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Forest Grovers walk for dementia

The streets of Forest Grove saw the first local Alzheimer's walk last month during National Alzheimer's Awareness Month. The Gardens Enhanced Dementia Care hosted the walk, which was modeled after the Alzheimer's Association's annual Memory Walk held in Portland in October.

The Gardens decorated their bus and drove up Pacific Avenue on Tuesday, Nov. 14. Most resident participants rode in the bus, while another 19 locals walked.

'We wanted to do it in our community because we have so many resources here,' said Jayne Allen, marketing director for the Gardens.

The Gardens, which has been located in Forest Grove for six years, specializes in dementia care by providing a homey environment for those with dementia, such as Alzheimer's Disease.

According to the Alzheimer's Association, 'Dementia is a general term for loss of memory and other mental abilities severe enough to interfere with daily life. It is caused by physical changes in the brain.

'Alzheimer's disease is the most common type of dementia, accounting for 50 to 70 percent of cases.'

People with Alzheimer's get their day and night mixed up, and they sometimes wander or get violent, said Allen. That's why a residence like The Gardens can be a good option.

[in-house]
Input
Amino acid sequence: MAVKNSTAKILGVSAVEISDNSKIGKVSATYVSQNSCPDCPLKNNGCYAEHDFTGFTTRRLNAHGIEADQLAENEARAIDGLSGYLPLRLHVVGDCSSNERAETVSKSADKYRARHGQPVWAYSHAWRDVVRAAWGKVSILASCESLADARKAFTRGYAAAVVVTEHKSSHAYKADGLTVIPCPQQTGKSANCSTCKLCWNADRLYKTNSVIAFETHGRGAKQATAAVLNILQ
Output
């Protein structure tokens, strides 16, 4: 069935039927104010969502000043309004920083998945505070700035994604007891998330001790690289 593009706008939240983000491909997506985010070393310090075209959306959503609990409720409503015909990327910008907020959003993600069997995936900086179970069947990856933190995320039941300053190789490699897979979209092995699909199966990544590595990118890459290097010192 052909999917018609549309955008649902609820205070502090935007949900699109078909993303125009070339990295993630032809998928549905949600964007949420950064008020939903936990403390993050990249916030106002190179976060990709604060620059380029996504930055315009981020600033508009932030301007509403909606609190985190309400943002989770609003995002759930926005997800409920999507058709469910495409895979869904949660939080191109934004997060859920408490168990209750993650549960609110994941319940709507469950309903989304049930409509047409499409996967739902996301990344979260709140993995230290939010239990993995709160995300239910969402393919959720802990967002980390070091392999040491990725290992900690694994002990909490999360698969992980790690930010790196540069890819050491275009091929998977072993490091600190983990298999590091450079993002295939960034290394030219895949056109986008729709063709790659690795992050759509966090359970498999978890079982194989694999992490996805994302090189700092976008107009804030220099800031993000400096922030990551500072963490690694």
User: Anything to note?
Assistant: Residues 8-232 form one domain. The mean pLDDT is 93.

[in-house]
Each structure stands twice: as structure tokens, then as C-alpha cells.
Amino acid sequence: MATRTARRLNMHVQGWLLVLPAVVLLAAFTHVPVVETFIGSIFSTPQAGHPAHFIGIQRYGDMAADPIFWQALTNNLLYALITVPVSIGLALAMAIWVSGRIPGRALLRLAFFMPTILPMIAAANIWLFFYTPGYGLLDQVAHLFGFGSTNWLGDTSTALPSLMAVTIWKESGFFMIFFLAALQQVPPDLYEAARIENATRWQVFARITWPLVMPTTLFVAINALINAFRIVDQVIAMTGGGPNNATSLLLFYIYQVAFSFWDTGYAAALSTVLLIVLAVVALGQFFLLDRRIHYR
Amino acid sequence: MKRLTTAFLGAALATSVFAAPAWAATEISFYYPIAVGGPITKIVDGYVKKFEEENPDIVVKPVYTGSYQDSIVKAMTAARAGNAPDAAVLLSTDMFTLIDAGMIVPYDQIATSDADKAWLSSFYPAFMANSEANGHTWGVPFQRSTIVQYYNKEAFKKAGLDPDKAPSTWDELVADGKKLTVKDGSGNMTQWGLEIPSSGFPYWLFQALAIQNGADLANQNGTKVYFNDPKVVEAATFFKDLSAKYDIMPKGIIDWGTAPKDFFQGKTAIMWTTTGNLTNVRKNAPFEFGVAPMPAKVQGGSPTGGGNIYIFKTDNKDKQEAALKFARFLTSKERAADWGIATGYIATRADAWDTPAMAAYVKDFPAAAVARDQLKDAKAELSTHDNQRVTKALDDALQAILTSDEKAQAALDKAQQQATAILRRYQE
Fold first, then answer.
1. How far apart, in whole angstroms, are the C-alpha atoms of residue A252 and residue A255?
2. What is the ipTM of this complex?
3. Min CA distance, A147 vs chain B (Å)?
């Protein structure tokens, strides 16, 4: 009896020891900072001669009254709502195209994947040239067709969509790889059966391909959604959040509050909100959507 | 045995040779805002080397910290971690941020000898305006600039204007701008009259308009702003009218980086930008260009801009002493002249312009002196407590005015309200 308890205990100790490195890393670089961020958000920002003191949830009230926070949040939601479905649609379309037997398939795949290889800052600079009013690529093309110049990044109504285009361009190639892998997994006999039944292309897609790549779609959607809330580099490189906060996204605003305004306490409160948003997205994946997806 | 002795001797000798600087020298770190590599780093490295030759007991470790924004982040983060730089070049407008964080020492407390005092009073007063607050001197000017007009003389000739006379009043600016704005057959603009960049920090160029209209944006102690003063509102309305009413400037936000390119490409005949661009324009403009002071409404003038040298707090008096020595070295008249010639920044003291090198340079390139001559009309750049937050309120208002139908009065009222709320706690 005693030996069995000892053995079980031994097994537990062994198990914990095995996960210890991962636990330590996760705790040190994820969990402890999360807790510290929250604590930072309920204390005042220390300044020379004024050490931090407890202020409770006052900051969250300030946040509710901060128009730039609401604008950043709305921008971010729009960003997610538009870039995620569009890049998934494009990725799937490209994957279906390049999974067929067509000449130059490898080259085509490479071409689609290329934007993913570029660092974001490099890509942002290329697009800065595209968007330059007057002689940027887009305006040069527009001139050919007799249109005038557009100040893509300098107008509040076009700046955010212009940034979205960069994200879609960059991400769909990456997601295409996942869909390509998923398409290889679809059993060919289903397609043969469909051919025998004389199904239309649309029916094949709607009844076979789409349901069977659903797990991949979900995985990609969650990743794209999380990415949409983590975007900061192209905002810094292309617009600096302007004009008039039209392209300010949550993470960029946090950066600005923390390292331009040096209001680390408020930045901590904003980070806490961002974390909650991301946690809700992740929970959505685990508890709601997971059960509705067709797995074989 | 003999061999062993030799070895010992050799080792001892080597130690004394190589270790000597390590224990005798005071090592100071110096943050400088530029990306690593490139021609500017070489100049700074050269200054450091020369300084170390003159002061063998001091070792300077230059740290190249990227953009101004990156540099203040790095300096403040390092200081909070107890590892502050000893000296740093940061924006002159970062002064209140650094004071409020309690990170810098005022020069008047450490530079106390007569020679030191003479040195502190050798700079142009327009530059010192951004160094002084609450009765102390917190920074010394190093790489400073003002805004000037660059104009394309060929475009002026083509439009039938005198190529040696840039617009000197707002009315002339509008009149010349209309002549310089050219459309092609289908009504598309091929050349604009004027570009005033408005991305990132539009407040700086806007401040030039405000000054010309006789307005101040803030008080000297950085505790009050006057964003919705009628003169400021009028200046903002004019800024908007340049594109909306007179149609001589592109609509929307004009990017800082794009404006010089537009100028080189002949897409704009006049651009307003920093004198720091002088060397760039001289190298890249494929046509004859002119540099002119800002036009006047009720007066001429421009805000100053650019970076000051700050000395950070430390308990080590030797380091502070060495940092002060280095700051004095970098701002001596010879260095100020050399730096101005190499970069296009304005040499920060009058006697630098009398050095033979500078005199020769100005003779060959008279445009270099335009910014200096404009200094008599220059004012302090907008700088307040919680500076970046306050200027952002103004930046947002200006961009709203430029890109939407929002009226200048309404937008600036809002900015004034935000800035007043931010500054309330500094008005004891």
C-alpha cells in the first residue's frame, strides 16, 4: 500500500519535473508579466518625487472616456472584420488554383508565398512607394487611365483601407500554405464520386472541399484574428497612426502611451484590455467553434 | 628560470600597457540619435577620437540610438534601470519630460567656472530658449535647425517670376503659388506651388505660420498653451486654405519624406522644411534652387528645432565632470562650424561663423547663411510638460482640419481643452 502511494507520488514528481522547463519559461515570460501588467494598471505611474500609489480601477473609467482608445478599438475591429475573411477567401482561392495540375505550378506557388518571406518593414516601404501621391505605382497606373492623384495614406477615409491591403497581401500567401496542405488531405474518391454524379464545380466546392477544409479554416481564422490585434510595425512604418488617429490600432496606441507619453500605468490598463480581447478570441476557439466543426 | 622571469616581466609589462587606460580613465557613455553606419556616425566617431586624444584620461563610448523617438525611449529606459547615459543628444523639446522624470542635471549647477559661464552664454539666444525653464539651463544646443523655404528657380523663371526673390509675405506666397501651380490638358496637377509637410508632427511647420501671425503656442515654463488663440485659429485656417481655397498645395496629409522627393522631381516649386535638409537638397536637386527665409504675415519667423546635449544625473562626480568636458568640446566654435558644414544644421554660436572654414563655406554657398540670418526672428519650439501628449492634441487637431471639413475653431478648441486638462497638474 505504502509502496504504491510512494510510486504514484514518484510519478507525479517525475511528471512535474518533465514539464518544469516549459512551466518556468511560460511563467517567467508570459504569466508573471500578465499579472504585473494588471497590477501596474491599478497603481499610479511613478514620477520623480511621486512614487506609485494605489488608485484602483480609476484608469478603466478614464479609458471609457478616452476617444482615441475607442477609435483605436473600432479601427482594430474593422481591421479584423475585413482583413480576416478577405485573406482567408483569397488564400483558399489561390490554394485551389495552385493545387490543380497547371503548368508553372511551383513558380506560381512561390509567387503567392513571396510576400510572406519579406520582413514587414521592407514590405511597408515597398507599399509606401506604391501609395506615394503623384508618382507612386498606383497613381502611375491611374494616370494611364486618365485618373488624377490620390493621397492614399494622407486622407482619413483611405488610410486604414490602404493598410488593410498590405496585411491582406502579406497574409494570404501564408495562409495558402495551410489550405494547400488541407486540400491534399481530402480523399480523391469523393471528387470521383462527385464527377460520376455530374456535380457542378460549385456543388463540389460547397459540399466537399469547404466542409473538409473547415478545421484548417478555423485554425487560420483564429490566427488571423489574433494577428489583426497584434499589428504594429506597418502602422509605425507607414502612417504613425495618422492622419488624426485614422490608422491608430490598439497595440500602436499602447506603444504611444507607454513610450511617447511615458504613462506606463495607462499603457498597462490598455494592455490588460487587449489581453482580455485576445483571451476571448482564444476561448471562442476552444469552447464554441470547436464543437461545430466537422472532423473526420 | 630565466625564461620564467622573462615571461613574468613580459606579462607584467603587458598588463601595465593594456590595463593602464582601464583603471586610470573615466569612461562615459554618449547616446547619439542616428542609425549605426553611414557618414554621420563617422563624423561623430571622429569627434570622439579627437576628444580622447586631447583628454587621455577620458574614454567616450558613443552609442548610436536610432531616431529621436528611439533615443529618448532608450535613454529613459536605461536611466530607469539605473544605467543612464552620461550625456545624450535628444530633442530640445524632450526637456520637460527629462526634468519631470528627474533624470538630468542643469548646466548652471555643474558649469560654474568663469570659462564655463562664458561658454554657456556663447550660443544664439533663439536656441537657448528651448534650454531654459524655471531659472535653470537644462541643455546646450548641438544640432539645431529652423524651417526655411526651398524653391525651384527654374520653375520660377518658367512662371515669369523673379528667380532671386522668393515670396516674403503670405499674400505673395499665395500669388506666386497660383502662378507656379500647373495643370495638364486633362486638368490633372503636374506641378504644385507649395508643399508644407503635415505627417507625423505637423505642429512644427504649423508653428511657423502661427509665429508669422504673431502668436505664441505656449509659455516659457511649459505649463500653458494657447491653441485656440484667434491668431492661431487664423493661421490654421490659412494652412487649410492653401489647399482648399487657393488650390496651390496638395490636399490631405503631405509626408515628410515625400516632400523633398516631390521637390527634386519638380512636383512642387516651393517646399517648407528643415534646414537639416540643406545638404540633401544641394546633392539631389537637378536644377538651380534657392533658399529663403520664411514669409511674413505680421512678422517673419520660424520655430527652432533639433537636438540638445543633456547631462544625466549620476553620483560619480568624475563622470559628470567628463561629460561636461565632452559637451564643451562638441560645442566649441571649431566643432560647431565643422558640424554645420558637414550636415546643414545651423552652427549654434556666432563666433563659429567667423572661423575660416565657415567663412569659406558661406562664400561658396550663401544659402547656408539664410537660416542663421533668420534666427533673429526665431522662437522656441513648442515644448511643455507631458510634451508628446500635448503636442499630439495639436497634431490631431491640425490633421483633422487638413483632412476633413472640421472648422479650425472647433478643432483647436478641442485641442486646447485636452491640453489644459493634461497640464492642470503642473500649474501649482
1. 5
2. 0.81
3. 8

The Gardens has four communities of dementia residents with 14 people in each neighborhood. Two caregivers are on duty at all times. Their job is to bathe and change the residents, as well as lead activities to keep them active.

The men can participate in building birdhouses or other activities. The ladies have a chapter of the Red Hat Society. There are also activities for each neighborhood that are catered to the needs of that neighborhood. Residents can participate in Bible study, take van rides to the country, play cards or enjoy a movie with popcorn.

'Activities keep people as cognitive as possible,' said Allen.

Some of the residents also enjoy folding clothes or setting the table.

The Gardens uses the Best Friends Approach to Alzheimer's care which focuses on a person-centered model, teaches caregivers how to identify an individual's strengths and weaknesses and discusses the importance of a person's life story.

The individuals living at The Gardens all have interesting stories, said Allen. The common idea, 'If you don't use it, you lose it,' is a misconception. There are former accountants and forestry workers, said Allen. 'They were using their brain and they still lost it, so that isn't always the case.'

The Gardens has residents in all different stages of Alzheimer's. 'It affects everyone differently,' said Allen. 'Some get worse faster. Others have it longer.'

Despite research, scientists have still not been able to determine exactly what causes Alzheimer's and what can cure it.